Do Laying Hens Have Wattles?

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Although many people have a stereotypical image of a rooster with large red wattles, the truth is that laying hens also have ample wattles. As a matter of fact, a hen's wattles are often used to predict her value as an egg producer. Healthy wattles are considered to be a sign of good egg production and are a positive trait in laying hens.

What is a Wattle?

Wattles are two elongated, fleshy, thin lobes of skin that hang down from the lower side of a chicken's head. Both male and female chickens have wattles, which help them to stay cool during warmer weather. Blood circulates from the body into the comb and wattles, where heat can more easily transfer to the surrounding air.

Breed Variation

Most wattles on laying hens are bright red, such as in the Rhode Island Red breed. However, other breeds vary slightly in the color of their wattles, usually from a deep, dark red to a lighter, rosy pink color. It is important to observe the color of a chicken's wattles when it is good health, since changes in wattle color can indicate a health problem.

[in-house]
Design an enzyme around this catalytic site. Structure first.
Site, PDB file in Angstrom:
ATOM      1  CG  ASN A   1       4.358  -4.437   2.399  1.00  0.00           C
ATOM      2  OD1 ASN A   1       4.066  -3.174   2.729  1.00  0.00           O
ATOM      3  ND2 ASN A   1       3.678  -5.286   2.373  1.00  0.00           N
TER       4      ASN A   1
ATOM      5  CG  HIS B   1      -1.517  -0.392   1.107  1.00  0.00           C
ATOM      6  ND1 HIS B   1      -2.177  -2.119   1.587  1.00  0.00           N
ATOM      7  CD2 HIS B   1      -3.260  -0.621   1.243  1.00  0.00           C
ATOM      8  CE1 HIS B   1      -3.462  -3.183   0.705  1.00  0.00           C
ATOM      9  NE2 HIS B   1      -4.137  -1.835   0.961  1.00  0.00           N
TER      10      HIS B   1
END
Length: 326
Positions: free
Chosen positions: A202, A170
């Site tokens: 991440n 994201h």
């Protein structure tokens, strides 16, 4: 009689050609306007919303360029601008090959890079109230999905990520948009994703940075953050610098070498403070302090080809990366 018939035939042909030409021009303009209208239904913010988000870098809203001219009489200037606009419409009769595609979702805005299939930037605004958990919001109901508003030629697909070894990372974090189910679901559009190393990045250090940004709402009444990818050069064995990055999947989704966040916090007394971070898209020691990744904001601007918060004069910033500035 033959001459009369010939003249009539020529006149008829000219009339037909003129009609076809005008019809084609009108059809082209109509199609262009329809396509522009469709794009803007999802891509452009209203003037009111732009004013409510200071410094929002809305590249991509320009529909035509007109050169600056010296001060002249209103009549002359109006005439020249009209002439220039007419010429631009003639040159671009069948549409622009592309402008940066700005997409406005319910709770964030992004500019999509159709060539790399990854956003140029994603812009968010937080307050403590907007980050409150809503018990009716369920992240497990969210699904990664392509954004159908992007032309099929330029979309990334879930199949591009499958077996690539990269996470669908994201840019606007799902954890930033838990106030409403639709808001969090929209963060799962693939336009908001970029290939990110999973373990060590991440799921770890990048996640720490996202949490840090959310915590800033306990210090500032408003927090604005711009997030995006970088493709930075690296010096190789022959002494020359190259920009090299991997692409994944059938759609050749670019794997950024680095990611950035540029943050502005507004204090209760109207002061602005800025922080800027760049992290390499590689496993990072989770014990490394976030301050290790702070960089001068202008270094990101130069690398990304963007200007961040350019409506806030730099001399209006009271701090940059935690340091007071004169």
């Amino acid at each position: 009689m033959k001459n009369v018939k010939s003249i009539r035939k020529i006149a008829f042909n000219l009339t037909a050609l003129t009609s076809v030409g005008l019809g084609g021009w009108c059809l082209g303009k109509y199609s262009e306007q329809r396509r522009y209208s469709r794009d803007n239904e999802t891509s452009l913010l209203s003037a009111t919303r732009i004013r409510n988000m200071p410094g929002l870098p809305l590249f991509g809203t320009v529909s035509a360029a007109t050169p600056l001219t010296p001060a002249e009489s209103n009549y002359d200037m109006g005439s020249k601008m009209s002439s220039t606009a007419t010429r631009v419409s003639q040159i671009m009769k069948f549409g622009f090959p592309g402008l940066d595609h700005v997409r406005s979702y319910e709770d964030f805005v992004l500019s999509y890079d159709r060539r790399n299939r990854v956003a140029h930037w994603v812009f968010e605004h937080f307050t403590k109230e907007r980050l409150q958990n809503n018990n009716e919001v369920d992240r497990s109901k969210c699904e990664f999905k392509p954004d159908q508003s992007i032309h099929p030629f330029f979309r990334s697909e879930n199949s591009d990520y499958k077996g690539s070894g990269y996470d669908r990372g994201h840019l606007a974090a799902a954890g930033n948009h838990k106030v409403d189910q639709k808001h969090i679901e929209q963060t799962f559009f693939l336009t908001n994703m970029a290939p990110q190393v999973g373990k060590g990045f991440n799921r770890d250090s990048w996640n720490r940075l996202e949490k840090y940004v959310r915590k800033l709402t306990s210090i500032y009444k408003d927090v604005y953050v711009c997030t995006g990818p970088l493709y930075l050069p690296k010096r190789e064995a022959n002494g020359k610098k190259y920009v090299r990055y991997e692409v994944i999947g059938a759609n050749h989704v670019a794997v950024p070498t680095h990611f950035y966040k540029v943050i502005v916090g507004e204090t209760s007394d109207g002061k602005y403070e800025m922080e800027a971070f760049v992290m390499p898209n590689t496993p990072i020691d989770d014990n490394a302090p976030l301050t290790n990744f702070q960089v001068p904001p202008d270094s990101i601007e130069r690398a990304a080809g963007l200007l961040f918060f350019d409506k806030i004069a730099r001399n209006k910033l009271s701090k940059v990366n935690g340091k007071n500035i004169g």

Changed Appearance

If a laying hen is healthy, her wattles will be bright in color, large, soft and waxy. If the wattles change in color or shrink in size, this may indicate a health problem or lack of robust productivity. Wattles may also develop a dried, shriveled, hard appearance, which is often associated with dehydration or other serious health issues. Changes in wattle appearance is often a major factor commercial egg producers consider when determining which hens to cull.

Signs of Trouble

The wattles in free ranging chickens may develop blackened areas. This is not an indicator of a serious health issue, rather it indicates frostbite, which is not life threatening in most cases. Occasionally chickens may fight and torn or injured wattles are a common occurrence. Swollen wattles can be the result of circulatory problems or infection.

Intervention

If a laying hen develops signs of frostbite or a minor injury to her wattles, home care is fairly easy. If the wattles swell or shrink, this often is the manifestation of a more systemic problem and you should consider veterinary intervention to diagnose and determine the proper treatment for the problem.

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